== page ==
One down, a thousand to go.

Within each typeface, a single letter has its own geography.
— p. 38

Last night, around 1:30 I finally finished Simon Garfield's Just My Type.

I'm kind of sad it's over, but looking forward to a reread probably in the somewhat near future.
It's stuffed to the cover with anecdotes, facts & puns. Black & white photographs of type designers, signs,  specimens.  There's little did-you-knows hidden around every crease. It's a great collection of stories, of moments in history - how letters have shaped our highways, our store fronts, our computers. Its the book you should read in college because you want to. It's inspiring & insightful. It's just lovely and if you haven't read it you should. Even if you're not a designer. It will shift your perception of the importance of type, if you haven't already recognized it.

It's hard for me to highlight just one take-away from this book, but I'll give you a brief synopsis of one of my favorite chapters of the book; '10: Road Akzidenz'. This chapter covers a duo of designers; Jock Kinneir and Margaret Calvert. Calvert kind of fell into type design because Kinneir recognized her potential at a visit to her art school. She ended up working with Kinneir to essentially guide most of Britian - by designing it's highway/interstate + road signs.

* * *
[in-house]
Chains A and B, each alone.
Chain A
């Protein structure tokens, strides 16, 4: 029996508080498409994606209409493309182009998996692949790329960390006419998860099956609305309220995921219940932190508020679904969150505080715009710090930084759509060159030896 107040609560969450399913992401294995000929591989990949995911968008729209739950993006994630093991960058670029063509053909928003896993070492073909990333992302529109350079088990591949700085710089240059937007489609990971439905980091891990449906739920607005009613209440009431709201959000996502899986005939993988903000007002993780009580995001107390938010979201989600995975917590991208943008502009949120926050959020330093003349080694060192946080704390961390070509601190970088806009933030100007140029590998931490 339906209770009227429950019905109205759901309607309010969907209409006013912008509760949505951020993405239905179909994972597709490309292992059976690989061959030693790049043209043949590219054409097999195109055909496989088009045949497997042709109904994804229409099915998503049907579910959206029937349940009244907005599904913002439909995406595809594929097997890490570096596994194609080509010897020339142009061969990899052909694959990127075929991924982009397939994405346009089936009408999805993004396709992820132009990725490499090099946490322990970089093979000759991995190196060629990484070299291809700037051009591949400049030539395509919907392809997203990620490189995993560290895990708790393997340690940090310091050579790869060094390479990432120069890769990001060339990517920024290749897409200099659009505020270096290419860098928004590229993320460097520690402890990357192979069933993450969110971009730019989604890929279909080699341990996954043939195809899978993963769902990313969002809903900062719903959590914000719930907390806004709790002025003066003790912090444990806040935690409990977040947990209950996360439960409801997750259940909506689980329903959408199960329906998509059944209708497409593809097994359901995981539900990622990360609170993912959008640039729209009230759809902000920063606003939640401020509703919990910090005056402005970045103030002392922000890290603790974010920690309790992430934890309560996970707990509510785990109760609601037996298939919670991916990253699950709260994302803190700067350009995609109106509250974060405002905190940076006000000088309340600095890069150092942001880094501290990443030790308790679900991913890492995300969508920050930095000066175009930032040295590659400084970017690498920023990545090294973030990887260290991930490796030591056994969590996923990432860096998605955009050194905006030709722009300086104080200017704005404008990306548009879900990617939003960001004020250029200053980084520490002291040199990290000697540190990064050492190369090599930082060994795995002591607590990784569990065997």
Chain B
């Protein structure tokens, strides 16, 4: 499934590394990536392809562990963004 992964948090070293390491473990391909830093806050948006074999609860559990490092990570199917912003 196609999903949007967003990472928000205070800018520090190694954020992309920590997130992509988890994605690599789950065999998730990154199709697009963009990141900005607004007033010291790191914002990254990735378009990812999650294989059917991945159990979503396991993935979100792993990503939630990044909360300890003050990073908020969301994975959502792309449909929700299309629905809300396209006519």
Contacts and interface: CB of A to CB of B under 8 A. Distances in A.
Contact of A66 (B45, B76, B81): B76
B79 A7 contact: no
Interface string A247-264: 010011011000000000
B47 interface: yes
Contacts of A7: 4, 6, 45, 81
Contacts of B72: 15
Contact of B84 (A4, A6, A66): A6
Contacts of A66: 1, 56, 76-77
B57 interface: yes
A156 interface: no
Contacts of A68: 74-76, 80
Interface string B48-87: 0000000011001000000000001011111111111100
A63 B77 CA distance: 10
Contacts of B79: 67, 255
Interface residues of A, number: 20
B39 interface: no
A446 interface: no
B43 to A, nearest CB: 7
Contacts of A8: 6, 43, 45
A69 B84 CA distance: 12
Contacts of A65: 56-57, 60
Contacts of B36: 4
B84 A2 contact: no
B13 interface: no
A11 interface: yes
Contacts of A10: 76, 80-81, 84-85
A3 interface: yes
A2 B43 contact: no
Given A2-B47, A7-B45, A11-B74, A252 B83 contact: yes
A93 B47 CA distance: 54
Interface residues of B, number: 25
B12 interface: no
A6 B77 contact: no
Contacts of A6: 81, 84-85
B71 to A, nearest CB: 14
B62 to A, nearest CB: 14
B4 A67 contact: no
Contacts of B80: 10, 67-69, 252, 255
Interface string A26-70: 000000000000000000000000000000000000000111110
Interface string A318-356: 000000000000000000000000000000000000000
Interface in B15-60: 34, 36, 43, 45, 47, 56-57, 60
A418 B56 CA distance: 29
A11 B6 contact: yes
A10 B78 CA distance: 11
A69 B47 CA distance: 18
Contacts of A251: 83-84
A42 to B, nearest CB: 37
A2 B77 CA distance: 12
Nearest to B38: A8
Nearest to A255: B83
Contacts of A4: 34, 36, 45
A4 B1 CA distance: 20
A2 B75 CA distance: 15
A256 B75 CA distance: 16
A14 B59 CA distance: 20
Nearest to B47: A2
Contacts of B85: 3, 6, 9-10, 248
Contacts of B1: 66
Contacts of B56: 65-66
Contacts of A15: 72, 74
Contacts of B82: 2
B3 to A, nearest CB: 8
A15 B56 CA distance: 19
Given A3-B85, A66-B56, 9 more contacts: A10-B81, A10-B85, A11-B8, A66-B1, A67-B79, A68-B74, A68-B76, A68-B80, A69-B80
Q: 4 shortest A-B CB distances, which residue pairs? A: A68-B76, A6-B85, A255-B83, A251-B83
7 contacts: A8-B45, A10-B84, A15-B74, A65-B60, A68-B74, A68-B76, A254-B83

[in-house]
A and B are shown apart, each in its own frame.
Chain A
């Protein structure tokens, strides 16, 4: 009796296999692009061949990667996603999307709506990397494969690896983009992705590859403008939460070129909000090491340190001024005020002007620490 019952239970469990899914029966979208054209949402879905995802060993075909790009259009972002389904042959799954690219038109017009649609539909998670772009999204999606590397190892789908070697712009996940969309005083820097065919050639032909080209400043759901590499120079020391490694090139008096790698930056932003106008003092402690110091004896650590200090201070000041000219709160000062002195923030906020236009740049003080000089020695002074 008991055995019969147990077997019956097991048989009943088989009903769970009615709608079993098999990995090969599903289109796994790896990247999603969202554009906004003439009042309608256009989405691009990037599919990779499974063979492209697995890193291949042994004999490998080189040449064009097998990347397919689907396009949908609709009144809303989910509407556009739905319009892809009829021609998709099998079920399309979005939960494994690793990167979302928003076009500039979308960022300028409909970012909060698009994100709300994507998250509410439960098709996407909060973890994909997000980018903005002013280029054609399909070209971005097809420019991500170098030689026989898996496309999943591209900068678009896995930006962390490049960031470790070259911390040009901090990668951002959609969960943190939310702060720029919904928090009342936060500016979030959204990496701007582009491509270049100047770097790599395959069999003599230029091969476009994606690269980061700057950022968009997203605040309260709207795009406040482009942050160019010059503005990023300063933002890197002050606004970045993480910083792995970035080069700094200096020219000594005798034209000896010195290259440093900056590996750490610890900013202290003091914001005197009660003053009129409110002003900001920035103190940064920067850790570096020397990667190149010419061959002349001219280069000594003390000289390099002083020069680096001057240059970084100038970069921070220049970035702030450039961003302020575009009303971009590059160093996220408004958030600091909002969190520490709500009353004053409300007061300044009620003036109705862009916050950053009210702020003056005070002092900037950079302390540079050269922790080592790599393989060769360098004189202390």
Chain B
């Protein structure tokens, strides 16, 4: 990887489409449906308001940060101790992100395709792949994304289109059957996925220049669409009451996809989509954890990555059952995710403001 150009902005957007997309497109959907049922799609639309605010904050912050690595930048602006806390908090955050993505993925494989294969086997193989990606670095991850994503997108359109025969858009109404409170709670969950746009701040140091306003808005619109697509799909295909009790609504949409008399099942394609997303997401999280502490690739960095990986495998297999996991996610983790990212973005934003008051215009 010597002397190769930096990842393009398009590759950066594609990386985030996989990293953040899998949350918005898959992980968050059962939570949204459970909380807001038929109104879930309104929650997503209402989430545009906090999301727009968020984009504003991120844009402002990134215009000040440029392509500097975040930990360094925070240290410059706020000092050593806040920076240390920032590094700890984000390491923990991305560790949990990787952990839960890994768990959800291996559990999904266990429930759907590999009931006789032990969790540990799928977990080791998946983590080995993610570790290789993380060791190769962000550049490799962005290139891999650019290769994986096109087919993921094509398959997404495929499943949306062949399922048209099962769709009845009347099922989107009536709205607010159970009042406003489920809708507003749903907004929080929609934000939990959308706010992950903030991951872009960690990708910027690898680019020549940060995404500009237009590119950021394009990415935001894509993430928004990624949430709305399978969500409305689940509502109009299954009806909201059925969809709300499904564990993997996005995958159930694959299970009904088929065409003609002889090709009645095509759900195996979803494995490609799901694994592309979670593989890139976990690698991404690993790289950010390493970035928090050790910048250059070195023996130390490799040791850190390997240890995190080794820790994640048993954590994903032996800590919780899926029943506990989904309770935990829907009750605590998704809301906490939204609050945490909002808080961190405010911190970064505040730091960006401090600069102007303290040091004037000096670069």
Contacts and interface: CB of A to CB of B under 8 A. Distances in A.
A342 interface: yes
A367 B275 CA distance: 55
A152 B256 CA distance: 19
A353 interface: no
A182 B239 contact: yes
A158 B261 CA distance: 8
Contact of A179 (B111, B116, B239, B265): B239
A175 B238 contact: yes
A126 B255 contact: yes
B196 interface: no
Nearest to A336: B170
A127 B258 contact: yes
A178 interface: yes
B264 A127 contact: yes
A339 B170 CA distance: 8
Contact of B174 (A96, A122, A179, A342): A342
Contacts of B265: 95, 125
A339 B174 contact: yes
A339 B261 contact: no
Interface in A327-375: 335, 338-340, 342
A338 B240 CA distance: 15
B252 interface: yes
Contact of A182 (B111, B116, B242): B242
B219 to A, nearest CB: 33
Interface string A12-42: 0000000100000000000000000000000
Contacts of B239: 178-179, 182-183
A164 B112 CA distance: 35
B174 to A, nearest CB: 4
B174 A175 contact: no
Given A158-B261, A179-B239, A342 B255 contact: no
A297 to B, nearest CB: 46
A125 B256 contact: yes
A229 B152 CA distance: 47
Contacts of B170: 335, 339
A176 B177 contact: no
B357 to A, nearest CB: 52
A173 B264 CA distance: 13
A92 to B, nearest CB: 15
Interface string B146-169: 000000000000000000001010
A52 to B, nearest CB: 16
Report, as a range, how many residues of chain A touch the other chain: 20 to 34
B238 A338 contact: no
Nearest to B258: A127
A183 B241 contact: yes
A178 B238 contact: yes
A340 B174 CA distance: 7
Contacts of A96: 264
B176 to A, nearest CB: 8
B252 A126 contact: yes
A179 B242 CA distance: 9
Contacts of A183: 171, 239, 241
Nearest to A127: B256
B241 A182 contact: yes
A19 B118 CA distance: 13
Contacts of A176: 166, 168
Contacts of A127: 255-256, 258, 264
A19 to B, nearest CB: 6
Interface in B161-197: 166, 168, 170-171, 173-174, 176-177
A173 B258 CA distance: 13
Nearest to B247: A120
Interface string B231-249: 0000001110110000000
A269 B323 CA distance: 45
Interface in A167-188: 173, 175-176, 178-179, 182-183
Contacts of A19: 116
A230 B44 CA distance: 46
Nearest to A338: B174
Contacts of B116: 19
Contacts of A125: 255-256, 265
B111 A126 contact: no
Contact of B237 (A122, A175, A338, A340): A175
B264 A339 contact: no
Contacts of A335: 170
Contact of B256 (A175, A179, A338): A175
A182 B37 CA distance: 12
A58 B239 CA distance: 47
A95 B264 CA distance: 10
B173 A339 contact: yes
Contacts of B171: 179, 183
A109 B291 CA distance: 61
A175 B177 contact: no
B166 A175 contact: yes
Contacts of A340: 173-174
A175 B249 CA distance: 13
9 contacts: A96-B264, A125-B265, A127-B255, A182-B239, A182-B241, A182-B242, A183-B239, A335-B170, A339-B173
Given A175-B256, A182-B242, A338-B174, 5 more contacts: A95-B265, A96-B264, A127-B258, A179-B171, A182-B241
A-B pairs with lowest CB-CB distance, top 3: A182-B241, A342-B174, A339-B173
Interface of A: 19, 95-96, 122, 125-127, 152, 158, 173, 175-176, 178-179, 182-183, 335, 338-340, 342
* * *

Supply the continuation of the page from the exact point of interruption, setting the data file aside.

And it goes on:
This kind of design always fascinates me. The fact that these two were tasked with helping thousands if not millions of people through their travels, is amazing. The coolest part is that they developed their face Transport specifically for word recognition - the realized that the priority for designing these signs is legibility at speed. And as humans, we pay attention to the first letters and last letters of words; word recognition, skimming. So Transport's upper & lowercase letters catered to this idea.

Well, actually, what I find even cooler is that at one point they were competing with another type designer to redesign all of London's street signs. Both designers submitted proposals. Things got heated. 

"The battle was really between the old world and the new, the serif and the sans."

They each created their proposed signs; Kinneir + Calvert's sign using san serif upper & lowercase lettering), vs the other designer's ( David Kindersley) sign using  all uppercase serifs. And had a group 'test' them out at an Airport field. Sign vs. sign. I won't give away the ending though, but I loved this story of competitive typography.

So, in addition my favorite chapter, here's a couple of my favorite quotes;

Much of what one needs to know about the history and beauty of a font may be found in its ampersand. Done well, an & is not so much a character as a creature, an animal from the deep. Or it is a character in the other sense of the word, usually a tirelessly entertaining one, perhaps an uncle with too many magic tricks.
— p 89
I never want anyone to pick it up and say, “What a cool typeface.” I want them to say, “What a cool article.” I don’t design the notes - that’s what the writers do; I do the sound. And the sound has to be legible.
— Erik Spiekermann, p 183

Next on the list for this week A Book Apart's;

Designing For Emotion | Aaron Walter

Responsive Web Design | Ethan Marcotte

•  Mobile First | Luke Wroblewski